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West Looks East ...

With loads of broadband growth in Asia, more U.S. equipment startups are securing reseller agreements with larger vendors in hopes of cashing in. Recent examples of such partnering include Salira Optical Network Systems Inc.'s deal with Lucent Technologies Inc.'s (NYSE: LU) Worldwide Services and Coriolis Networks Inc.'s arrangement with Nissho Electronics Corp.. Both were announced earlier this week (see Lucent and Salira Target Asia/Pac and Coriolis Wins in Japan).

It's easy to see why U.S. startups are pushing towards Asia -– there's money involved and, provided a startup can find the right channel, newer technologies are more quickly accepted there. Asia/Pacific service provider revenue rose 15 percent from 2002 to $139 billion in 2003, according to Infonetics Research Inc. In turn, capital spending there rose 3 percent to $30 billion (see Asia/Pacific Revenues Up 15%).

Claudio Coltro, senior director, business development for Alcatel's optical networks division in the Asia/Pacific region, told Light Reading last week that some 40 percent of telecom revenues in South Korea now come from broadband -- almost as much as comes from telephony -– a sign that advanced services are catching on there at a much faster rate than in the U.S. (see Can Broadband Save the Day?).

In Coriolis' case, the reseller revelation came as it announced that energy subsidiary Vic Tokai is using its OptiFlow 3000 multiservice provisioning platforms and its OptiFlow 5000 hub nodes. The Japanese carrier is using the gear in three OC-48/STM-16 access rings that are interconnected over a multi-channel DWDM backbone powered by gear from Movaz Networks Inc., according to Greg Wortman, Coriolis' VP of marketing.

With the Coriolis gear, Vic Tokai has the ability to turn up gigabit Ethernet and 10/100-Mbps Ethernet interfaces across the network, according to Manabu Nitta, in Nissho's network infrastructure promotion group. In addition to ADSL and ATM dedicated lines, the carrier can now offer Ethernet private line and Ethernet point-to-multipoint connections, he says.

The deal's a big one for Coriolis. CEO Bob Castle says the deployment's worth more than $1 million, Coriolis's single largest revenue deployment to date. It's also the startup's first international customer since it first partnered with Nissho back in 2002.

Salira's announcement didn't include a customer win, but the terms of its agreement allows for Lucent to invest in the company as time goes on. Lucent chose Salira because service providers in Asia are vocal about needing Ethernet Passive Optical Network (EPON) access gear, a reality that has led to large RFPs and other vendor pairings (see NTT Calls for Ethernet PON and Alloptic Gets Asia-Pac-Happy).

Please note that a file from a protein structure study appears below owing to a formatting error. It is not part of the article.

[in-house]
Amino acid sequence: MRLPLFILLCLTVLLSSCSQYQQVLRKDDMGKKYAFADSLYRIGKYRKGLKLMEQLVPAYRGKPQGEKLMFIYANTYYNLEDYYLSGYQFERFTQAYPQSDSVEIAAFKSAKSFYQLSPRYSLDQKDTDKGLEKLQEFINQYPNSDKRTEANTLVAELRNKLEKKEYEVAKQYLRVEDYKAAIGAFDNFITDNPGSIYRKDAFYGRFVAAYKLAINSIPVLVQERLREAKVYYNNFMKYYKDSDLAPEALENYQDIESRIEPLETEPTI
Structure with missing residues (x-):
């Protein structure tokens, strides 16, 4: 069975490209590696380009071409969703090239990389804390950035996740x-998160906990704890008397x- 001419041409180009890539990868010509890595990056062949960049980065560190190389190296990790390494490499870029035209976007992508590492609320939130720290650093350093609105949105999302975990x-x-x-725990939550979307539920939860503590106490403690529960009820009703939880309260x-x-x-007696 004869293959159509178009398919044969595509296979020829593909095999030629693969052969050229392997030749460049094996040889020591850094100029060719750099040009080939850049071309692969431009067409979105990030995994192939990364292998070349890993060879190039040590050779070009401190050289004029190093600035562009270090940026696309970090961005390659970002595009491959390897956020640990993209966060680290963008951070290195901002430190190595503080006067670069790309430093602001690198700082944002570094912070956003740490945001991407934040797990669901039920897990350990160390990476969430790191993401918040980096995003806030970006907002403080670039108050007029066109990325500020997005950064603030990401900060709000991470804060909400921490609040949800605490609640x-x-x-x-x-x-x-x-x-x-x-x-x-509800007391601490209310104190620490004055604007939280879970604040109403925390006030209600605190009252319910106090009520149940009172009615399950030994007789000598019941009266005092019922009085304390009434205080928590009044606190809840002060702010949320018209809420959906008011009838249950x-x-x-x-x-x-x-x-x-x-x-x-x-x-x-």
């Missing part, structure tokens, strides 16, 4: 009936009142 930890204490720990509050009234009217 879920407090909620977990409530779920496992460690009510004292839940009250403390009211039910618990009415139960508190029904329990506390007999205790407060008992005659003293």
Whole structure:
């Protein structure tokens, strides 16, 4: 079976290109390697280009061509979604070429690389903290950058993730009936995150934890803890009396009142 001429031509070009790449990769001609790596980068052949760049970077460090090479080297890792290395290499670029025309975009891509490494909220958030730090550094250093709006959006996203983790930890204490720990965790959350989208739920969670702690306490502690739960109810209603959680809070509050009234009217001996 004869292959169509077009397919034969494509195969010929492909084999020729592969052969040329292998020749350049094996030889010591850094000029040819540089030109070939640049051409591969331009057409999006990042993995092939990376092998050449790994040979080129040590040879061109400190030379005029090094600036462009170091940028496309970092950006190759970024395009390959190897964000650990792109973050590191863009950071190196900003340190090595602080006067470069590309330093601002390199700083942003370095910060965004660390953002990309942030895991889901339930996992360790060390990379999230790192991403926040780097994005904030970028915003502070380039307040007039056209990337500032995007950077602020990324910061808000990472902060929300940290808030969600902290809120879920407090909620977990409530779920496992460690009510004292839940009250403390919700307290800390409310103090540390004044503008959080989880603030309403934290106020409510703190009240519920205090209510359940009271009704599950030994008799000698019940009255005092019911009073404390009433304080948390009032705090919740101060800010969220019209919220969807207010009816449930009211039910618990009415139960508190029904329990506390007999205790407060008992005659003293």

"Our product fills a unique void -- it provides an access point-to-multipoint technology that [Lucent] doesn't have," says Jim Diestel, Salira's VP of product marketing. Diestel says Lucent gives Salira a key advantage in that now -- thanks to Lucent's interoperability labs -- its gear can be tested and run against complementary vendors in tests that might have been too expensive for Salira to fund on its own. The upshot is that it can make sure its gear is attractive to carriers no matter who their current suppliers are.

And, of course, there's the customer perks. "Asian carriers get the benefit of start-up innovation with service, support, and integration from an established vendor," says Anna Reidy, an analyst at Current Analysis.

In the end, though, let's remember why startups talk to the press to begin with: they're all raising money. Indeed, these Asia/Pac connections are crucial for companies such as Coriolis and Salira because startups are constantly working investors for cash while trying to stay competitive with much larger companies.

In Salira's case, it's hoping to close a Series D round of up to $20 million by early next year and hopes to break even by the first quarter of 2005. Coriolis hasn't said explicitly what its fundraising schedule is, but the company says it has raised about $92 million to date, with $18 million of that coming about a year ago.

— Phil Harvey, Senior Editor, Light Reading

BobbyMax 12/4/2012 | 11:09:44 PM
re: West Looks East ... It has become very common for start-ups to market their nmarkets under the service guarenreed by a lager well established company. It is a way for start-ups to survive, but lowers the possibility of their becoming public companies. It is a very risky way of doing business.
BobbyMax 12/4/2012 | 11:09:43 PM
re: West Looks East ... It has become very common for start-ups to market their nmarkets under the service guarenreed by a lager well established company. It is a way for start-ups to survive, but lowers the possibility of their becoming public companies. It is a very risky way of doing business.
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